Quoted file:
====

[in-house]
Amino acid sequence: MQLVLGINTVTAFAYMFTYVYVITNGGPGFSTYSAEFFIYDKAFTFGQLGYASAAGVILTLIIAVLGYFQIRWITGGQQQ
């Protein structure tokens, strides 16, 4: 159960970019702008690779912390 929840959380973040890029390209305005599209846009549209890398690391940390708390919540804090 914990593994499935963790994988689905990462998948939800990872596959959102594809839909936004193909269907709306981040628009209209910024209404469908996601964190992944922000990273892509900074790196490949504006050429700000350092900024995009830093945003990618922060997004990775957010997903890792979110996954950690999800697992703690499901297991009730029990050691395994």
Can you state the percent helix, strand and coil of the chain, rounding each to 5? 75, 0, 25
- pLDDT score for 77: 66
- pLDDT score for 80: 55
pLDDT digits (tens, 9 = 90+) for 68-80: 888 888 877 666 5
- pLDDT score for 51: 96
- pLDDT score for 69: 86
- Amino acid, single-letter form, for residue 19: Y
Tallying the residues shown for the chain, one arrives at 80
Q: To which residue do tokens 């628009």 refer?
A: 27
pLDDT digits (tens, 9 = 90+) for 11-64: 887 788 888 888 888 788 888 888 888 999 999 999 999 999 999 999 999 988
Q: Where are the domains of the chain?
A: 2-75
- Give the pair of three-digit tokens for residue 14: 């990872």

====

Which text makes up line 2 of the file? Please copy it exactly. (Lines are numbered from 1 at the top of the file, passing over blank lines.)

Amino acid sequence: MQLVLGINTVTAFAYMFTYVYVITNGGPGFSTYSAEFFIYDKAFTFGQLGYASAAGVILTLIIAVLGYFQIRWITGGQQQ